I stopped by a few estate sales last Sunday. Drea basically said she felt like a vulture, but I can’t see it that way at all. I don’t believe in an afterlife; I don’t even really believe in legacy. Most of the people alive right now don’t know who I am, and as I’m not at all bothered by that, I can’t see why I should care if people who haven’t been born yet don’t know who I am either. But I do believe in objects. They tell more honest stories than people do. And the handmade ones, the quilts and paintings and specially made things that came out of my fingers, slowly, while I thought about who and how would use them, that’s the epitaph for me.

Anyways. At this estate sale, in a closet, was the most beautiful hand stitched quilt. Almost finished, just wanting a back and smooth edging. And it got me totally choked up, thinking about this woman cutting all those tiny triangles and all the hours stitching and ironing and fussing, and then she died, and it wasn’t ever given to anyone. For twenty bucks it went home with me and was done by the time Drew woke up from his nap.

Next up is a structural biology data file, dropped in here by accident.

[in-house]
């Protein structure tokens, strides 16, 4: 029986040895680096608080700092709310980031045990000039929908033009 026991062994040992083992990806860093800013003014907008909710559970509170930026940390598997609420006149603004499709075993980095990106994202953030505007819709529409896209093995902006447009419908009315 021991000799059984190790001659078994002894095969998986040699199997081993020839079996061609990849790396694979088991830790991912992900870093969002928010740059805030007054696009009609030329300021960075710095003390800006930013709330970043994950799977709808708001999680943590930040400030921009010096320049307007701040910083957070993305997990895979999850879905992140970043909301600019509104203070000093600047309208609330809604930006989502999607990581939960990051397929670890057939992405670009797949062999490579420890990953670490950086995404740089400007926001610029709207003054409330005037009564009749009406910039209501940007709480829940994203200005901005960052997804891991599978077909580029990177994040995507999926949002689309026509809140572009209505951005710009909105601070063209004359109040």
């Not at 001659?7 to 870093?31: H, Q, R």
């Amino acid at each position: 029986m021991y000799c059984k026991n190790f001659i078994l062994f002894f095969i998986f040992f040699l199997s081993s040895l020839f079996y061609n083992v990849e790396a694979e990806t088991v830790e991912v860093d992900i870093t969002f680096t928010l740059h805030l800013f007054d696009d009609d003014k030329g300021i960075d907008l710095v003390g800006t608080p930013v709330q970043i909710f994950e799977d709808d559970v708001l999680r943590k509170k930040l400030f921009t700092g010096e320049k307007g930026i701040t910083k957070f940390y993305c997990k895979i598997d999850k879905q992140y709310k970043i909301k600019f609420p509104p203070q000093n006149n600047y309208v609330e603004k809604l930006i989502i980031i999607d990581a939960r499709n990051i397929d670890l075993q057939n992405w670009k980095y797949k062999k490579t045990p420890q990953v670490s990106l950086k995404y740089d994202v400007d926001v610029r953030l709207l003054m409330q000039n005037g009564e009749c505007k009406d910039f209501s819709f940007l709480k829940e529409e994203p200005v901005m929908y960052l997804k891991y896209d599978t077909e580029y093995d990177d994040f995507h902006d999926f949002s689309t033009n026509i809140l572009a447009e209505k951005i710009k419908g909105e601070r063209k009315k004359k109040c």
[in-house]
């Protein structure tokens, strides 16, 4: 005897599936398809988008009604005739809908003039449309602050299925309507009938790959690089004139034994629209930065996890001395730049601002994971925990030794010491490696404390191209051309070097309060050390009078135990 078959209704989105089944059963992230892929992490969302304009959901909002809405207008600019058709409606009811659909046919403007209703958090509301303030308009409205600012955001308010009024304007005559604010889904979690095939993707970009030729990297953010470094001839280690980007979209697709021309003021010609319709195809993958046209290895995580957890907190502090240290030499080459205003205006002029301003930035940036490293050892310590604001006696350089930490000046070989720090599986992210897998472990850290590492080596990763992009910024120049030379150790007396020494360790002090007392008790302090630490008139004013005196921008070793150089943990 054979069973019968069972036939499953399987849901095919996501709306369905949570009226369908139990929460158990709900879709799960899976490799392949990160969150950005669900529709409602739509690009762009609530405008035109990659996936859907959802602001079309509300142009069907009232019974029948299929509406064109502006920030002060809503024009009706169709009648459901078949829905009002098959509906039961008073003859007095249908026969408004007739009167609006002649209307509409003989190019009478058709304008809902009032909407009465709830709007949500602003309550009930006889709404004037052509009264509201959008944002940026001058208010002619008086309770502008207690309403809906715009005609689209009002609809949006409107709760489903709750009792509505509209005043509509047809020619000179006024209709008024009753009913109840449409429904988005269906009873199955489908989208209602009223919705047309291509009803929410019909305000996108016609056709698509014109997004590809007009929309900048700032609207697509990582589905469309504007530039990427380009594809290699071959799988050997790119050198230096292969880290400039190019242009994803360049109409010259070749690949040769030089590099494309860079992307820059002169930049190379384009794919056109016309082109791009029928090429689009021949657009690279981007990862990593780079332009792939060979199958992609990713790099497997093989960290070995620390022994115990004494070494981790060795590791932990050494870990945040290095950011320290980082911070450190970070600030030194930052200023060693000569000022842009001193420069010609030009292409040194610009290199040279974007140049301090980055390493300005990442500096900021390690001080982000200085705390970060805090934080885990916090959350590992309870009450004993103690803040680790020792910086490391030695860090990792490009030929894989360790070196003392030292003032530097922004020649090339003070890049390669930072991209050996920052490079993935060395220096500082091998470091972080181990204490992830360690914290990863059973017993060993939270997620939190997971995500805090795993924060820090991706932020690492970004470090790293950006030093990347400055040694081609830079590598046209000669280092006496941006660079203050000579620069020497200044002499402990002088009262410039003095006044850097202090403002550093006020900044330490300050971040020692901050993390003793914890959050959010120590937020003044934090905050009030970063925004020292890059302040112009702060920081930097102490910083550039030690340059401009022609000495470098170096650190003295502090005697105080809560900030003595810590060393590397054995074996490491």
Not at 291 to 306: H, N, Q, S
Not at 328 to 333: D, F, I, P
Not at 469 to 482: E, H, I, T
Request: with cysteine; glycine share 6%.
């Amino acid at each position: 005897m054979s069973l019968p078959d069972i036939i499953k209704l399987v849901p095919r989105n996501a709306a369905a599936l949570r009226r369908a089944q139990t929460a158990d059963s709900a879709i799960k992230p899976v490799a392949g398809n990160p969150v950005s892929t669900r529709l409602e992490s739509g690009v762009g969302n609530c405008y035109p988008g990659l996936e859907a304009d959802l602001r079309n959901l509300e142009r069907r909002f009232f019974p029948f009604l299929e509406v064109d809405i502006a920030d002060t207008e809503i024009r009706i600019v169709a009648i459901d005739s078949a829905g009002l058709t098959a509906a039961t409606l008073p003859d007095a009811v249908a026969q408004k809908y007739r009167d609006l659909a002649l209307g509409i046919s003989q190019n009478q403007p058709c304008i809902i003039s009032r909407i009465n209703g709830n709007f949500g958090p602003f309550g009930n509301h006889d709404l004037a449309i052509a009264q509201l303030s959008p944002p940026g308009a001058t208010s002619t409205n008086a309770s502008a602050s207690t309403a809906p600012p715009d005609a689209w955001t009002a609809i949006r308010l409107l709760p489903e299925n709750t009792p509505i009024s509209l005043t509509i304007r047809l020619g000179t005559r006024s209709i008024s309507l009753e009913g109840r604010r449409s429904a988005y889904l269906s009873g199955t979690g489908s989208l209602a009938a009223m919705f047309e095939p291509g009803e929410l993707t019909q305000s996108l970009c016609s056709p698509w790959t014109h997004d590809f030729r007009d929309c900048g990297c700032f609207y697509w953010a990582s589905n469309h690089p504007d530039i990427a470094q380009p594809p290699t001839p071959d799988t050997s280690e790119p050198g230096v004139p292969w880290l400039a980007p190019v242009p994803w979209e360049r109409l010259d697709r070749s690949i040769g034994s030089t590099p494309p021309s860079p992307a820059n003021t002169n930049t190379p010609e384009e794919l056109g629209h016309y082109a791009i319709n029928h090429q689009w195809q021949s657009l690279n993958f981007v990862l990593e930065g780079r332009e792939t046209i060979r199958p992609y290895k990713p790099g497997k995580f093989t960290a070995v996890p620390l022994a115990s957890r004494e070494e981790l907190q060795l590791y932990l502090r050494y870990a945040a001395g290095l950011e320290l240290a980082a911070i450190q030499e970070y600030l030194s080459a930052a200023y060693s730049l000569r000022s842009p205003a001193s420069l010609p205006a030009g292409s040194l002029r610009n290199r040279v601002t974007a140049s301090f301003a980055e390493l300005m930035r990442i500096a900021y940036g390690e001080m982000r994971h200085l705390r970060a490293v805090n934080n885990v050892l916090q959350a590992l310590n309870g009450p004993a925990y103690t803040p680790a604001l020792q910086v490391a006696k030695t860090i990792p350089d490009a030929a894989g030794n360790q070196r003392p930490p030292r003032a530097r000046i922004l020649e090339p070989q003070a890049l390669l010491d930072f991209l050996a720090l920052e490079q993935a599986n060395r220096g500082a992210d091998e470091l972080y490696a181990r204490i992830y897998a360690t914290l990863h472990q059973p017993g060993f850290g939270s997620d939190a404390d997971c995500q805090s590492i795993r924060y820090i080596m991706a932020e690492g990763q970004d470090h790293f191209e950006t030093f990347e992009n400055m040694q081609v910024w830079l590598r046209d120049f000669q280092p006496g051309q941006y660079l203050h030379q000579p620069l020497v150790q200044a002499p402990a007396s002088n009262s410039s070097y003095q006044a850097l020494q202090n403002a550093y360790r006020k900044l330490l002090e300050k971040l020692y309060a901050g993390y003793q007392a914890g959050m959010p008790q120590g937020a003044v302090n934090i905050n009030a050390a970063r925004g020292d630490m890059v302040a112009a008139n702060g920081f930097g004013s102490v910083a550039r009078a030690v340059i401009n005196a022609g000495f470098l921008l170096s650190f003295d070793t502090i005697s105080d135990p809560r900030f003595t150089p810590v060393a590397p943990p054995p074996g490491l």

I realize it sounds like I’m patting myself on the back for saving it, but what I mean to say is, with the wake, with fall coming, I think about what I or Drew would want, about a natural burial, and the horror of our bodies turning from us to decomposition and rot, and there is no good burial, there’s no adequate ritual, there’d be only loss. But there would still be things, and so many other lives just then getting their chance to be lived. And I hope that my things, and all the love I imagine stitched and pressed into them, will keep someone else warm.